Learnings from my First Footwear Mentor

Learnings from my First Footwear Mentor – Blog #32

In Blog #31 I talked about how Weddings are great team bonding events. In this blog I want to share Learnings from my first Footwear Mentor.

Jim offered me the job when he interviewed me. It was more money than what Cincinnati Shoe Company paid me and the store was located in Downtown Los Altos. It was a sleepy little downtown area with a lot of charm. It had the best deli for sandwiches and a great upper end restaurant just a few doors down.I had three employees who had been there for awhile.

Beverly

 Beverly was the ex-wife of the previous owner. The store was called Marc Roberts and was catered towards men as they served beer and shot pool in the store. Bev was an attractive lady with a very easy going personality. I instantly liked her. 

Nancy

Nancy was a tough lady with a heart of gold. She had a big heart but liked to come off like she didn’t take any shit off people. She often talked about her dog who was named Dog but pronounced D-O-G. Didn’t figure that out for awhile but chuckled to myself when I finally did.

Doreen

Doreen was a lady that was well to do and probably didn’t need to work. Actually i don’t think any of them really did. She had a warm personality and was easy to talk to. 

Nancy and Doreen would often open the store and liked to sit in the back and smoke and BS until a customer came in. I liked to to do the stock work and window displays. Bev was more part time but I always enjoyed the days she came in to work. I loved the team, they were all really nice people.

Independentt owner

Jim explained to me that when you are an independent owner you really have to watch your cash flow as it’s your money you are dealing with and not some big corporation. I didn’t really understand the scope of that until we had a huge shoe called the Royal hit the inventory. I’ll explain more about the Royal in a future blog. He showed me how he did the sales plan for the store and how to work the open to buy.

Basically you have a beginning month inventory. You add receipts, returns and subtract your sales and markdowns. Then you have a planned inventory and if your sub total  is under you have money to spend. If it’s over you are over bought.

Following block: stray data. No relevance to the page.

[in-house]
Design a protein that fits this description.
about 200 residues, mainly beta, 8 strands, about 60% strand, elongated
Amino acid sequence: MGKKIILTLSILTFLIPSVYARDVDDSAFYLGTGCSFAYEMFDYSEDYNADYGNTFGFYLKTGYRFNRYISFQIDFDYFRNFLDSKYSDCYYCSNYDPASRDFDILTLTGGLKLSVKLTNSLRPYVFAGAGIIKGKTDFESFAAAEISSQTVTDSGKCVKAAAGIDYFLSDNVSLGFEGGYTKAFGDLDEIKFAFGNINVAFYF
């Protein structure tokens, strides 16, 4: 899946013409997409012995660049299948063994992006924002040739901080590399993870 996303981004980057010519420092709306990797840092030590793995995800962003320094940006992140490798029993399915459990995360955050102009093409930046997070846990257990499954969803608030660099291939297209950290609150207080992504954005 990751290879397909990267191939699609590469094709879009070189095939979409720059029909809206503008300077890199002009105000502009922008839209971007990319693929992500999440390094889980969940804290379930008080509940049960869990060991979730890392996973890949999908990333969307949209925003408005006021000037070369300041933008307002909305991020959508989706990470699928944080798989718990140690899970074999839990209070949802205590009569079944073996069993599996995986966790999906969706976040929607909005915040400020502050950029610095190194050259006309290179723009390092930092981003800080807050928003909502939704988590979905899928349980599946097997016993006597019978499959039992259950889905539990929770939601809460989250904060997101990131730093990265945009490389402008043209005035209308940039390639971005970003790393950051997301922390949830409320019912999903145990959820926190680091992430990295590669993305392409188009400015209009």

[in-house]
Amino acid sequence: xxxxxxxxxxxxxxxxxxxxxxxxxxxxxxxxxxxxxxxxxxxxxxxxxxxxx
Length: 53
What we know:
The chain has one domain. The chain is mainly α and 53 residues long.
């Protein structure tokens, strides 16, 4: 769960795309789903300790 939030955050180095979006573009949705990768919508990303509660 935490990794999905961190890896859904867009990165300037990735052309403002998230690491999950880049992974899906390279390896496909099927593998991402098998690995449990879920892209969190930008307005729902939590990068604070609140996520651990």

Salesplan

Beg inventory

+receipts

+returns

-sales

-markdowns

=subtotal

-planned End of month inventory

=OTB

80/20 rule

Jim also explained the 80/20 rule. Basically he said 80% of your sales comes from 20% of your styles. Key was to identify those styles and make sure you had stock in those items. So our rep was going to show us the new collection soon, so Jim was going to walk me through how to buy. But first we were going to the WSA shoe show in Las Vegas. 

WSA

We got off the plane and it was like having a hair blower in your face. It was 120 degrees there in August. Growing up in Fresno I was used to the heat but this seemed different for some reason. We walked the entire show so we could get a sense of what the fashion trends were. There were more brands than I could even imagine. Every brand had their own booth set up, some were small and others quite large.

We met Greg at the Naturalizer booth and he told us he would come in next week to go through all the styles once he got a sense of direction from the show.

Jim took us to see Glen Campbell later that night at a casino, he was amazing. Country really wasn’t my thing but I remembered him from True Grit. Truly enjoyed listening to him.

After the WSA show

Later the next week, Greg came in the Palo Alto store and thoughtfully laid out the styles by category. He would give us a pitch for each style. When he was done Jim would ask him what the A styles were, B styles and finally C styles. 

ABC

An A style is a top seller, you had to get to it no matter what unless there were two similar A styles. B styles are the next group so you buy those lighter. C styles are the last group. You get to them if you can but usually they are small runs used for window dressing.

Jim would then ask what the top 5 styles were and best colors. He then would tell me that certain styles do better in Los Altos than the Hilltop location so we bought differently for each of his locations. He used the term “woofer” which meant a dog or poor seller. I wanted to stay away from those. It was fascinating to go through this thought process with him for the first time. 

The following day I was writing the PO’s and making sure we stayed within our OTB. I laid out all the pictures of the styles we picked by delivery and decided how many pairs to place. The styles with extended sizing were the most challenging to write, especially if I was going to stay within my budget. I later presented my final buy to Jim and he made a few suggestions and we were done.

Learnings from my first footwear mentor. Jim was great as he made sure I learned all the basics first.

…just sharing my story and tips from my footwear career. 

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One thought on “Learnings from my First Footwear Mentor – Blog #32

  1. It’s always about the basics! Once you know the basics, you can start getting creative. I learned this in ballroom dancing.

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